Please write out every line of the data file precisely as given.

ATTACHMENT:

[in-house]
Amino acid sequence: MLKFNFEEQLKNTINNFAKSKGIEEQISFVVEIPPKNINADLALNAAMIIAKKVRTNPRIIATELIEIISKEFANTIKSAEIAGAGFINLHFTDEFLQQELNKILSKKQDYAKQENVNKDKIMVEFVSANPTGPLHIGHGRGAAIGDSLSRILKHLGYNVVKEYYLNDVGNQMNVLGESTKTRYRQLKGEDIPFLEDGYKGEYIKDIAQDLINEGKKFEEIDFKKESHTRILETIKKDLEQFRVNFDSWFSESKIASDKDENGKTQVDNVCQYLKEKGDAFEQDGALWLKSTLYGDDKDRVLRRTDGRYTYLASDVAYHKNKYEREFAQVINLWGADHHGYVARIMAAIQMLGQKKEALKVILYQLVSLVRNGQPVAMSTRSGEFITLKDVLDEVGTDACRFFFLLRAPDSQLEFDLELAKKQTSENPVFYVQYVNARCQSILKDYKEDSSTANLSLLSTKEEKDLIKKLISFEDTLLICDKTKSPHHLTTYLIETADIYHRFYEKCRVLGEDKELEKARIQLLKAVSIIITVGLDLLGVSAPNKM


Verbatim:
[in-house]
Amino acid sequence: MLKFNFEEQLKNTINNFAKSKGIEEQISFVVEIPPKNINADLALNAAMIIAKKVRTNPRIIATELIEIISKEFANTIKSAEIAGAGFINLHFTDEFLQQELNKILSKKQDYAKQENVNKDKIMVEFVSANPTGPLHIGHGRGAAIGDSLSRILKHLGYNVVKEYYLNDVGNQMNVLGESTKTRYRQLKGEDIPFLEDGYKGEYIKDIAQDLINEGKKFEEIDFKKESHTRILETIKKDLEQFRVNFDSWFSESKIASDKDENGKTQVDNVCQYLKEKGDAFEQDGALWLKSTLYGDDKDRVLRRTDGRYTYLASDVAYHKNKYEREFAQVINLWGADHHGYVARIMAAIQMLGQKKEALKVILYQLVSLVRNGQPVAMSTRSGEFITLKDVLDEVGTDACRFFFLLRAPDSQLEFDLELAKKQTSENPVFYVQYVNARCQSILKDYKEDSSTANLSLLSTKEEKDLIKKLISFEDTLLICDKTKSPHHLTTYLIETADIYHRFYEKCRVLGEDKELEKARIQLLKAVSIIITVGLDLLGVSAPNKM